Individuals challenged by disabilities encounter formidable obstacles when endeavoring to partake in political processes within the context of Botswana. Political involvement, a cornerstone of democratic governance, empowers citizens to shape the legislative landscape that impacts their daily existence. Despite Botswana’s reputation for upholding democratic ideals, recent insights unveil a troubling reality – those with disabilities find themselves marginalized in the realm of politics, contending with substantial barriers obstructing the exercise of their democratic liberties.
A recent inquiry in Botswana unveiled a panorama where individuals with disabilities confront hurdles in navigating the political arena, their involvement often restricted to the basic act of voting. Voices emerged from the study, underscoring the critical necessity of fostering environments that are accessible and welcoming, affording individuals with disabilities the active engagement they rightfully deserve in political processes. Noteworthy was the account of a participant grappling with physical impairments, shedding light on the glaring absence of ramps at polling stations and the urgent call for enhanced support mechanisms to ensure an equitable electoral participation.
The echoes reverberating from these narratives serve as poignant reminders of the entrenched obstacles impeding the full integration of individuals with disabilities into the democratic tapestry. The inaccessibility of polling stations and the glaring absence of provisions tailored to the needs of persons with disabilities loom large as formidable barricades to their political engagement. Particularly pronounced is the plight of those grappling with severe impairments and intellectual challenges, who face even steeper hurdles in seizing political participation opportunities, often grappling with feelings of isolation and exclusion from the political discourse.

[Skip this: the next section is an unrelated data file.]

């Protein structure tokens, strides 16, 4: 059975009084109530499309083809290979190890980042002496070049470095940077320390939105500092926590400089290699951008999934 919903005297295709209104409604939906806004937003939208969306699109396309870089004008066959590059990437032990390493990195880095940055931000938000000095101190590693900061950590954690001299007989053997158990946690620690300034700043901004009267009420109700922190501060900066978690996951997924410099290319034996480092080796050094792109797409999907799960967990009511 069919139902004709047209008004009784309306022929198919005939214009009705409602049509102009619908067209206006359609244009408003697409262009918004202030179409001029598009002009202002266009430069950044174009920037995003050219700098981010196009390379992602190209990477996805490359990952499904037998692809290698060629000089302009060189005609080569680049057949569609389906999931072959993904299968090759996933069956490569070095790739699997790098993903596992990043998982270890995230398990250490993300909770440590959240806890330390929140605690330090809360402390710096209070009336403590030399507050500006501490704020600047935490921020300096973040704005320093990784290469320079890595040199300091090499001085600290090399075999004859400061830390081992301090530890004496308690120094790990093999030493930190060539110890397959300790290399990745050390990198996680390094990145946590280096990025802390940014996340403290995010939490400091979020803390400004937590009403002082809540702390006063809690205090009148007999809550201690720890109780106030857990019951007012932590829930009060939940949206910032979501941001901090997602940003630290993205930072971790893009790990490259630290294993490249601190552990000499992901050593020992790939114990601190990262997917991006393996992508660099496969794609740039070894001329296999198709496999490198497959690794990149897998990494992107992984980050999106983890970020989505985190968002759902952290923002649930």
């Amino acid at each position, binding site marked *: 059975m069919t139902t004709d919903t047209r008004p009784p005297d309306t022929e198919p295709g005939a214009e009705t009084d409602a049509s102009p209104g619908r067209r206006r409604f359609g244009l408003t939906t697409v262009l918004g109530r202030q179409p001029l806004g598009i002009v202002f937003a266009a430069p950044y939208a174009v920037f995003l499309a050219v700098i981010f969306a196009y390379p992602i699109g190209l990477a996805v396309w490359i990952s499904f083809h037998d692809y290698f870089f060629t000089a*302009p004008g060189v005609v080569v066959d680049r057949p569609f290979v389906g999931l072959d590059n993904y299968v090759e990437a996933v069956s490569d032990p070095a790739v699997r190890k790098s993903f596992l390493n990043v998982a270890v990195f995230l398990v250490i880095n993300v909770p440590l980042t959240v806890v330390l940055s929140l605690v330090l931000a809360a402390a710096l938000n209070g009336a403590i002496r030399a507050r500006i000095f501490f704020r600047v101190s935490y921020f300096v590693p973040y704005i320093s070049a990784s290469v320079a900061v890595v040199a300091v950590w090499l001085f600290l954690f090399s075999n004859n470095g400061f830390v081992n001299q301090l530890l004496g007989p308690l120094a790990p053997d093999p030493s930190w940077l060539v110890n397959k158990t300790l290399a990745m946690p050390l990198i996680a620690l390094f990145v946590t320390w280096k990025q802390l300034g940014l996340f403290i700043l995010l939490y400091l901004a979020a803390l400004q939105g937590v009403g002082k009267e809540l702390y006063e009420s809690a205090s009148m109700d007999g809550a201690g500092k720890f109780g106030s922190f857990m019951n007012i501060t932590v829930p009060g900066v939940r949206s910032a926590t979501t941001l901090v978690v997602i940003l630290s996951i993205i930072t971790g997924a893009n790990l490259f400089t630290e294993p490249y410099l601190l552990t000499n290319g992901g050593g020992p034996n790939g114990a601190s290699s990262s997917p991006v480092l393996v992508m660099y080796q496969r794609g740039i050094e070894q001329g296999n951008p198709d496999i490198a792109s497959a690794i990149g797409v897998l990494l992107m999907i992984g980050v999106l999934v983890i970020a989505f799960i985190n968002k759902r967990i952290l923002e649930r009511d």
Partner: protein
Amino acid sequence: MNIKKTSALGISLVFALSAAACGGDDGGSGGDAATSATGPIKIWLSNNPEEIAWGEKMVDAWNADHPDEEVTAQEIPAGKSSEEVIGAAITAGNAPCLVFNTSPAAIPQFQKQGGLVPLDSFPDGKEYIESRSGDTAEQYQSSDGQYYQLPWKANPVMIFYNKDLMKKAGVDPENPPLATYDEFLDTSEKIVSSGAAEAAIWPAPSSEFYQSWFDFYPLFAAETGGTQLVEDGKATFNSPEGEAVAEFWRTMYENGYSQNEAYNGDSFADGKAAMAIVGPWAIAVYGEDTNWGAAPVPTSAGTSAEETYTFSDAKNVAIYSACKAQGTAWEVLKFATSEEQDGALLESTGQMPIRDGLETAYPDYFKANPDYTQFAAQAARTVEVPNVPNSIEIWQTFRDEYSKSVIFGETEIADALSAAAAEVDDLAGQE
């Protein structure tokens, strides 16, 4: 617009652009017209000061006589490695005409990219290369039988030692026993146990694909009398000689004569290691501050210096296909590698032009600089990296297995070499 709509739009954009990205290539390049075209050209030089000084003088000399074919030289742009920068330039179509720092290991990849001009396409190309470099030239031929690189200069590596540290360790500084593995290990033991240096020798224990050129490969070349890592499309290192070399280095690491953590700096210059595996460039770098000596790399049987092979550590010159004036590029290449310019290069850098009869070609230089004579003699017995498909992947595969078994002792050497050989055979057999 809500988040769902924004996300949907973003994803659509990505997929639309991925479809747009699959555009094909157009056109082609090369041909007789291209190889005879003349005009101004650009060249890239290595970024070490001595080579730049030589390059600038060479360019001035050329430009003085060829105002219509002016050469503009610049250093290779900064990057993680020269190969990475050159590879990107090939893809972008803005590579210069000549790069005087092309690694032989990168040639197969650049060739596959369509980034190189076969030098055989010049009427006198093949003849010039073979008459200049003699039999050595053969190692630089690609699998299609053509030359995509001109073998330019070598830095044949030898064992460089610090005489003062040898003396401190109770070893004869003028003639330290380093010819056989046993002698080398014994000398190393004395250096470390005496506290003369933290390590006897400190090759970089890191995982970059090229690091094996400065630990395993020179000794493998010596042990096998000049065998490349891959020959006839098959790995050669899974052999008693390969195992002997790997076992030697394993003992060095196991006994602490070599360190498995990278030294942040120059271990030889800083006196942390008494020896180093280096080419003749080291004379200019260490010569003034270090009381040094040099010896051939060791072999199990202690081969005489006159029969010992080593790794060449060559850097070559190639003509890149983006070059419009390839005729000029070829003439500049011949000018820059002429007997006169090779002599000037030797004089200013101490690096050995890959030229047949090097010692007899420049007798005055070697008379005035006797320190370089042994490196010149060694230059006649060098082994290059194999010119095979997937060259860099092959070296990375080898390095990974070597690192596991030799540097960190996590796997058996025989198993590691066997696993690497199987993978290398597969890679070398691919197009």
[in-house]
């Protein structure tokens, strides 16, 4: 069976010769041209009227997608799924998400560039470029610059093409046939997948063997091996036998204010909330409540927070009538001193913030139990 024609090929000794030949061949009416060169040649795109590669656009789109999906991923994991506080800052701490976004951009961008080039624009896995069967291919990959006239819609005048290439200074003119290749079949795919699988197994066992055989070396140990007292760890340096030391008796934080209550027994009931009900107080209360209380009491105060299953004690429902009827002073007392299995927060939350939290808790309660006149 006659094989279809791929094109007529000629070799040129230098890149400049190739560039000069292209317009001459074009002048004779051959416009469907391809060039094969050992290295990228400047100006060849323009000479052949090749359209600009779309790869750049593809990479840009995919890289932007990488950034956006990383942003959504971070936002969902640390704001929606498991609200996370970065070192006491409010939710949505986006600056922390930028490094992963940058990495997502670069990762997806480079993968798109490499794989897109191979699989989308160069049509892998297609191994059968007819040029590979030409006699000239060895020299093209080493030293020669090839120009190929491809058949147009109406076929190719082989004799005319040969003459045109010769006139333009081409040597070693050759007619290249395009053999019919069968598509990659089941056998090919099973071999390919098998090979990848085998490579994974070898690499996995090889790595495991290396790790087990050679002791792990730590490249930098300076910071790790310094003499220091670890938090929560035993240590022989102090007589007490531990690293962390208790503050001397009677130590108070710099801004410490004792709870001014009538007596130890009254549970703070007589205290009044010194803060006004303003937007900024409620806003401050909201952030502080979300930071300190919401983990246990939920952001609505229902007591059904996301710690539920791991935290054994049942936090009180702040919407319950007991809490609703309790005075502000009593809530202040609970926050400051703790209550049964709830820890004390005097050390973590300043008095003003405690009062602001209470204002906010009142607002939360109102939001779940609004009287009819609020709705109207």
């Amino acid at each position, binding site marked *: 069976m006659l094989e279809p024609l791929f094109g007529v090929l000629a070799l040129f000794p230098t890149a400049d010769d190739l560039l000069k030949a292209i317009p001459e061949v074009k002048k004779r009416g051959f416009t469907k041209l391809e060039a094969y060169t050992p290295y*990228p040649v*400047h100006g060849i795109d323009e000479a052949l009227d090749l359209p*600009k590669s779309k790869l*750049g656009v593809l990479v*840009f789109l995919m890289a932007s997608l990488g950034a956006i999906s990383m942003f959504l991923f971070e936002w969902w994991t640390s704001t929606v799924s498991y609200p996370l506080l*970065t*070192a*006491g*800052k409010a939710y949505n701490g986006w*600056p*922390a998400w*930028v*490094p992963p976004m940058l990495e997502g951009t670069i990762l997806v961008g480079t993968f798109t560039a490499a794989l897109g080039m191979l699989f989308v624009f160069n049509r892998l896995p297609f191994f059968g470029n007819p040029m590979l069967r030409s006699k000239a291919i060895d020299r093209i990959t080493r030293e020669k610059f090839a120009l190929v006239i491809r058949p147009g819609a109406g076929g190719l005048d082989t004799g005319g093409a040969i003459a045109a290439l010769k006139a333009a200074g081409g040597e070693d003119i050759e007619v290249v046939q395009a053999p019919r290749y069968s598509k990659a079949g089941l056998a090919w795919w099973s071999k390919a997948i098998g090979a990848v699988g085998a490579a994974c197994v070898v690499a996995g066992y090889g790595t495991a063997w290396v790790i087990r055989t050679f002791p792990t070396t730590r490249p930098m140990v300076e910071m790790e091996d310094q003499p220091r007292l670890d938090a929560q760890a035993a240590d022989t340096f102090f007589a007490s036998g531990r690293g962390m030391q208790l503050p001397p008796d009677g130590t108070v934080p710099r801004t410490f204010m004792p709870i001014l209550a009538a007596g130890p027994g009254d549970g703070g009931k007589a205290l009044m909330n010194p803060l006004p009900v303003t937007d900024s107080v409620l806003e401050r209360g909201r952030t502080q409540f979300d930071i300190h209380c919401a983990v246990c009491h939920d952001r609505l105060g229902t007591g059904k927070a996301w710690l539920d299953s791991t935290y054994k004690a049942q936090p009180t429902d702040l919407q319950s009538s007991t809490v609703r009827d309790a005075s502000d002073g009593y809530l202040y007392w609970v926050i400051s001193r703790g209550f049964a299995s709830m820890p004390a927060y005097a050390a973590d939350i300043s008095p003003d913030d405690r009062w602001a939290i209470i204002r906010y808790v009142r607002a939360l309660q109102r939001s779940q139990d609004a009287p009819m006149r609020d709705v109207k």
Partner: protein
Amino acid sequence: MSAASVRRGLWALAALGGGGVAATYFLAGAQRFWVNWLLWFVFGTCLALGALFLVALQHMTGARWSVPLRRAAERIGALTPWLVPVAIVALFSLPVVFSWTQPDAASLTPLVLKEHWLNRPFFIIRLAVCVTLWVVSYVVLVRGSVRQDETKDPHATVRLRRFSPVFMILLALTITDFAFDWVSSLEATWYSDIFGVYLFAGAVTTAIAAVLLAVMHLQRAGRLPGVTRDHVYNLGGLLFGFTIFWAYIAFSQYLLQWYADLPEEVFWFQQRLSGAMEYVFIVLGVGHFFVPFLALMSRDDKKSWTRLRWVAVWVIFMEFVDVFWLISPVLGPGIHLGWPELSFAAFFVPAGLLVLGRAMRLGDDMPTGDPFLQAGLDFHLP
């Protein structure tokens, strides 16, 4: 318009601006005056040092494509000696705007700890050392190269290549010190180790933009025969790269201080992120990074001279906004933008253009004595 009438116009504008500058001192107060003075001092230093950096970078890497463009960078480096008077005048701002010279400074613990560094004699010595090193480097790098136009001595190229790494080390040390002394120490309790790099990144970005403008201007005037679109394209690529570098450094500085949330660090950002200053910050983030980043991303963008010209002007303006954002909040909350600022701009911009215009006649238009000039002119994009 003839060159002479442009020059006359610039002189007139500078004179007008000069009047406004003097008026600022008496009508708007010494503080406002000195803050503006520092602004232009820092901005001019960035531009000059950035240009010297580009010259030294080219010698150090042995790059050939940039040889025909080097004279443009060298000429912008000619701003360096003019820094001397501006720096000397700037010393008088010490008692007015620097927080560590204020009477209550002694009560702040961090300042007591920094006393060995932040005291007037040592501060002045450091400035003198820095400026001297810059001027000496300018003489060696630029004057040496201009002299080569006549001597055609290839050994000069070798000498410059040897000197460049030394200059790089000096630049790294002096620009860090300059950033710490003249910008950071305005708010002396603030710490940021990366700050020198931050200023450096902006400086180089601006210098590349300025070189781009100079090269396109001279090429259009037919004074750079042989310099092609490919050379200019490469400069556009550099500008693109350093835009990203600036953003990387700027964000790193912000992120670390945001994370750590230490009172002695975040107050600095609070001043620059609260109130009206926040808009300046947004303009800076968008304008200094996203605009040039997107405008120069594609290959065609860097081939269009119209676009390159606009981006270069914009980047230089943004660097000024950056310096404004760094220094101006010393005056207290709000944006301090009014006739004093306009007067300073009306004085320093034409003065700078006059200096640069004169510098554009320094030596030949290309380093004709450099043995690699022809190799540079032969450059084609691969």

Calls for decisive action cascade forth, urging the establishment of more inclusive and accessible political ecosystems that embrace individuals with disabilities in Botswana. Government bodies and concerned stakeholders are urged to prioritize the enactment of laws and policies designed to safeguard the political rights of individuals with disabilities. Furthermore, initiatives geared towards enhancing awareness and education on political processes and rights for this segment of society must be spearheaded, alongside the adoption of inclusive measures within political institutions and party structures.
By dismantling these barriers and nurturing a political landscape that is truly inclusive, Botswana can earnestly uphold its democratic ethos and afford every citizen, including those with disabilities, a substantive opportunity to partake in the political fabric of the nation.
In the heartwarming tale of Neo Kirchway, a beacon of inspiration emerges, shining brightly amid life’s adversities.
Defying the constraints of destiny, Neo Kirchway, a resilient Motswana soul now thriving in the United States, stands tall despite the absence of her lower limbs. With unwavering determination, she tends to her cherished family – a loving husband and four children – engaging in the daily symphony of household tasks with remarkable grace.